‘Revolution at the Gates: A Selection of Writings from February to October 1917’ by V. I. Lenin & edited by Slavoj Žižek

First published by Verso in 2002.

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Today marks the anniversary of the Russian Revolution of 1917, when the working class of Russia, organized through soviets and led by the Bolsheviks, made history by taking power.

The idea of a Lenin renaissance might well provoke an outburst of sarcastic laughter. Marx is OK, but Lenin? Doesn’t he stand for the big catastrophe which left its mark on the entire twentieth-century?

Lenin, however, deserves wider consideration than this, and his writings of 1917 are testament to a formidable political figure. They reveal his ability to grasp the significance of an extraordinary moment in history. Everything is here, from Lenin-the-ingenious-revolutionary-strategist to Lenin-of-the-enacted-utopia. To use Kierkegaard’s phrase, what we can glimpse in these writings is Lenin-in-becoming: not yet Lenin-the-Soviet-institution, but Lenin thrown into an open, contingent situation.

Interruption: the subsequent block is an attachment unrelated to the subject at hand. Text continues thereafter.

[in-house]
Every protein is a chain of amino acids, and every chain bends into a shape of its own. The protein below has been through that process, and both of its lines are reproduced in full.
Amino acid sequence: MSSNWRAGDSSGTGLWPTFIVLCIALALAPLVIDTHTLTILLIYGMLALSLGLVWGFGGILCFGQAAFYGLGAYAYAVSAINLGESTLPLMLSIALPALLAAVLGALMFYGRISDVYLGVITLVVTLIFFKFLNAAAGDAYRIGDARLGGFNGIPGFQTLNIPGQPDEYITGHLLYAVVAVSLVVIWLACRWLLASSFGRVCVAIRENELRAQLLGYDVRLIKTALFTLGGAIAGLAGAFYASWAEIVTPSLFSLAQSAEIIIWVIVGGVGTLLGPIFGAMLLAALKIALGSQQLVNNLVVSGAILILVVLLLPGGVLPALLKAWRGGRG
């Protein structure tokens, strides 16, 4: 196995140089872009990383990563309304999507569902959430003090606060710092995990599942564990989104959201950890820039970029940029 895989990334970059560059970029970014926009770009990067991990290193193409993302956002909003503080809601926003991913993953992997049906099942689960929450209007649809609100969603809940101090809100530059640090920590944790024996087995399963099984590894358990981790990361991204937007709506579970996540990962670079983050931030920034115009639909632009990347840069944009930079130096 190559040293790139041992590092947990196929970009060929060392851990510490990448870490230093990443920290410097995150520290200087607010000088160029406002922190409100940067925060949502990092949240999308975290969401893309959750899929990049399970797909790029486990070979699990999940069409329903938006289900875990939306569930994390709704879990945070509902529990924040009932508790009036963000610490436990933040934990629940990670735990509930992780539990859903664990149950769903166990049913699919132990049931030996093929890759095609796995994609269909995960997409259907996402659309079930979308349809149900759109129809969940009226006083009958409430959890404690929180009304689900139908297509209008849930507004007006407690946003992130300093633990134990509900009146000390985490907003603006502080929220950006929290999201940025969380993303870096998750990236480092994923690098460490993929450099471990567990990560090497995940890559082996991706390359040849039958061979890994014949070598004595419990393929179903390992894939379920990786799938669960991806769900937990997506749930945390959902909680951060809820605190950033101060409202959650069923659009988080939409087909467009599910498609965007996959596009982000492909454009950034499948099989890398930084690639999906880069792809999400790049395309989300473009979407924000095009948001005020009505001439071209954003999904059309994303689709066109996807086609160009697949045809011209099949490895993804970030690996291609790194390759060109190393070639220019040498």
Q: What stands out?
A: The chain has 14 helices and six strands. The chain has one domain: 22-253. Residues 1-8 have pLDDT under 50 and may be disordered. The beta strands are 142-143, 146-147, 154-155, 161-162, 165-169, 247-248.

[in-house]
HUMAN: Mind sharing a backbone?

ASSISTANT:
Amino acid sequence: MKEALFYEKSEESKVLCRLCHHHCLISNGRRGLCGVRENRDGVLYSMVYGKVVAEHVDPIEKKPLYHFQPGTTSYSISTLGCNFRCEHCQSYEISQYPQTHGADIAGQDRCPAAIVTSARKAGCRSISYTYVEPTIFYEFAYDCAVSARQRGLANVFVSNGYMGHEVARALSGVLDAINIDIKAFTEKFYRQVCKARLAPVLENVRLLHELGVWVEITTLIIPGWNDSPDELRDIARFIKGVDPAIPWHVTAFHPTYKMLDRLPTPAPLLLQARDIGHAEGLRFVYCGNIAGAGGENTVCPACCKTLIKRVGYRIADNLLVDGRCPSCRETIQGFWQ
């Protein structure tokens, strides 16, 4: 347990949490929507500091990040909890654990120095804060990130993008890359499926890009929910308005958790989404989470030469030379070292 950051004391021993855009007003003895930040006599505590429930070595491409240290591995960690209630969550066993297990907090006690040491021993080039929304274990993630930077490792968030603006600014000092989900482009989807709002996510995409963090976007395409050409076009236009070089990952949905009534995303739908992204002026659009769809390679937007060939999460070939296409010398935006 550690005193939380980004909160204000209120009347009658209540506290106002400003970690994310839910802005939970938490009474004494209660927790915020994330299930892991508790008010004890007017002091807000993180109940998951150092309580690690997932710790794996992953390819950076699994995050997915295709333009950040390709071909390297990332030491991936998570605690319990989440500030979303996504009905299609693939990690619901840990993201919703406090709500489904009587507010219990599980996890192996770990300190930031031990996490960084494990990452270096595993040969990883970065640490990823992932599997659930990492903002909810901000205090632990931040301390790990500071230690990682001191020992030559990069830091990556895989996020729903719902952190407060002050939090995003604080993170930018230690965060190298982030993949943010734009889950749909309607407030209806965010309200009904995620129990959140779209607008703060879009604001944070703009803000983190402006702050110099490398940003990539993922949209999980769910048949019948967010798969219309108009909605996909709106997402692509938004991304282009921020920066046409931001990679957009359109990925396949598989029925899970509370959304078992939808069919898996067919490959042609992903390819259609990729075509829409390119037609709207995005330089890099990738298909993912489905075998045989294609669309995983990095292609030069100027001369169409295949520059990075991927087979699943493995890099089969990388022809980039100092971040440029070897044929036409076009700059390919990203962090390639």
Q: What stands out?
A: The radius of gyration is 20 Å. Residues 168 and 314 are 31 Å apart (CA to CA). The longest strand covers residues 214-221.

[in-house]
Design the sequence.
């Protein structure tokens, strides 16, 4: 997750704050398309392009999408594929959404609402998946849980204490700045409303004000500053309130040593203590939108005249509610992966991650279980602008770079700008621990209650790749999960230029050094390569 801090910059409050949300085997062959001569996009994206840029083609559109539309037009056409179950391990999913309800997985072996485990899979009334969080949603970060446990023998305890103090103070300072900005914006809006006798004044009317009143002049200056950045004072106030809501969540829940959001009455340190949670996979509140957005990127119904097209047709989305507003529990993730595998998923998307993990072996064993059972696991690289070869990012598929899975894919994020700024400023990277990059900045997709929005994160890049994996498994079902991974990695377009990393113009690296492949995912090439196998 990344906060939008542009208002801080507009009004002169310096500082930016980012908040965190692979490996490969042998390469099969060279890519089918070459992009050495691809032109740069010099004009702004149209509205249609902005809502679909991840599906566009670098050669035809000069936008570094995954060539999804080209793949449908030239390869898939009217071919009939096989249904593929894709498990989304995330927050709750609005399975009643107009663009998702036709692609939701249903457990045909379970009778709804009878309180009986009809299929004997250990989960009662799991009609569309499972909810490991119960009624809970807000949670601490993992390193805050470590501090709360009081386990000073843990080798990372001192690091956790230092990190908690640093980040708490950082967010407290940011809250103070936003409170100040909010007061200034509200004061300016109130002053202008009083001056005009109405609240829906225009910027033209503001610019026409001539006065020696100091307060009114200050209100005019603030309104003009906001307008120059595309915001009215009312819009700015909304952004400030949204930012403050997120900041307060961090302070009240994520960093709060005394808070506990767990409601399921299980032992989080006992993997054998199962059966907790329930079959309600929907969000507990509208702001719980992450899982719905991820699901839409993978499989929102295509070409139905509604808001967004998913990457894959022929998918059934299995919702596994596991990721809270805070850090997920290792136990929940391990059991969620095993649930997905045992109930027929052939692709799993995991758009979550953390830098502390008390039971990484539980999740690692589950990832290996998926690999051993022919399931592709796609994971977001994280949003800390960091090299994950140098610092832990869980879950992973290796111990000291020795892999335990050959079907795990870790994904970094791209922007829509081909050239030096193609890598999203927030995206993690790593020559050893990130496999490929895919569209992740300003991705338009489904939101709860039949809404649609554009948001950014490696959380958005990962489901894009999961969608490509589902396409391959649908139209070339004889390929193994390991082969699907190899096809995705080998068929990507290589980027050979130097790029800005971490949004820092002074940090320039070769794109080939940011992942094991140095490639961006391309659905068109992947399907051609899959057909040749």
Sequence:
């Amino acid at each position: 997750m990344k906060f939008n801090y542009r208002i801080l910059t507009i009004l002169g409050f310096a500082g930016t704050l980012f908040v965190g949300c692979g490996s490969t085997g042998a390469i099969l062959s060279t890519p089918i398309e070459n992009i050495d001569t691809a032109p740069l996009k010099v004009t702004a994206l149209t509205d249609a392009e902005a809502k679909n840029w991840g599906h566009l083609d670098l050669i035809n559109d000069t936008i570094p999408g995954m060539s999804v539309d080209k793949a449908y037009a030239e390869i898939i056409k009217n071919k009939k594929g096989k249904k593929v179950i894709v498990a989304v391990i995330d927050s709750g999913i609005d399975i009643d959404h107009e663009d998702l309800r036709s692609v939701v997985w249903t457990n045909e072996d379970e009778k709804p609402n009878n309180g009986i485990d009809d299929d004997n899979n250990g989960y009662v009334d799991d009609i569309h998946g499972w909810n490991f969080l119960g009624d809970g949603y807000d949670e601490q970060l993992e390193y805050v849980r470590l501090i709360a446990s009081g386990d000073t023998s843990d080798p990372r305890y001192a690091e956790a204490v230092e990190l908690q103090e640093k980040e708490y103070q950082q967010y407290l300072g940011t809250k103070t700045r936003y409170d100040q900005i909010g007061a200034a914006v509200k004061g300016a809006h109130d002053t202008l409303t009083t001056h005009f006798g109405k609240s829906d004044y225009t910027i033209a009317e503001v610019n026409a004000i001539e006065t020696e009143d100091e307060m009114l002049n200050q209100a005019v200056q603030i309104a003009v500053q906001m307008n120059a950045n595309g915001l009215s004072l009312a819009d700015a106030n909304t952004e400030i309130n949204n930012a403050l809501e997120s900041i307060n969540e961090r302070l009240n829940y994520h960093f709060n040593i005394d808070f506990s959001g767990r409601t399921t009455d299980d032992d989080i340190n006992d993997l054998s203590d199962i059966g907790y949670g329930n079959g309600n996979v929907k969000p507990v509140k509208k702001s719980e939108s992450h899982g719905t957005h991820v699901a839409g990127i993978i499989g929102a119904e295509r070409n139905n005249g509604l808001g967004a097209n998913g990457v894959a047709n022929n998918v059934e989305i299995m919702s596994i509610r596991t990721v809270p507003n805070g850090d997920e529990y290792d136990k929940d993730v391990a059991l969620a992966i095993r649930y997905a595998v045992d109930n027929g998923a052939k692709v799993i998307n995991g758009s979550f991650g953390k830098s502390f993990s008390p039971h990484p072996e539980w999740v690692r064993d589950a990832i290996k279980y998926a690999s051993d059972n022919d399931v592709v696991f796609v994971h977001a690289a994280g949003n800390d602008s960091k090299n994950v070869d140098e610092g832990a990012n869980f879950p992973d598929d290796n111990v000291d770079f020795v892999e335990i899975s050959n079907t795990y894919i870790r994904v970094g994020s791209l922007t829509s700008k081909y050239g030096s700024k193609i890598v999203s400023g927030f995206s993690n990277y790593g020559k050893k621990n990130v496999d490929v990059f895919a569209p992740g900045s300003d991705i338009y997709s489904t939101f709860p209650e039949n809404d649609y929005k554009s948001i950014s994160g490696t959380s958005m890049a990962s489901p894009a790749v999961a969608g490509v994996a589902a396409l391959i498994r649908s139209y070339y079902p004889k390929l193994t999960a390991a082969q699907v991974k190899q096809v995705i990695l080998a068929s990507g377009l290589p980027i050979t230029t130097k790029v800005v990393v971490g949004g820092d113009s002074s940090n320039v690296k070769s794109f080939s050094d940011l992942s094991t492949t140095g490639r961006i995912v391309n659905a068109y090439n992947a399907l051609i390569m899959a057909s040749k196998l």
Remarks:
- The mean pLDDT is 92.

In Revolution at the Gates, Slavoj Žižek locates the 1917 writings in their historical context, while his afterword tackles the key question of whether Lenin can be reinvented in our era of “cultural capitalism.” Žižek is convinced that, whatever the discussion—the forthcoming crisis of capitalism, the possibility of a redemptive violence, the falsity of liberal tolerance—Lenin’s time has come again.

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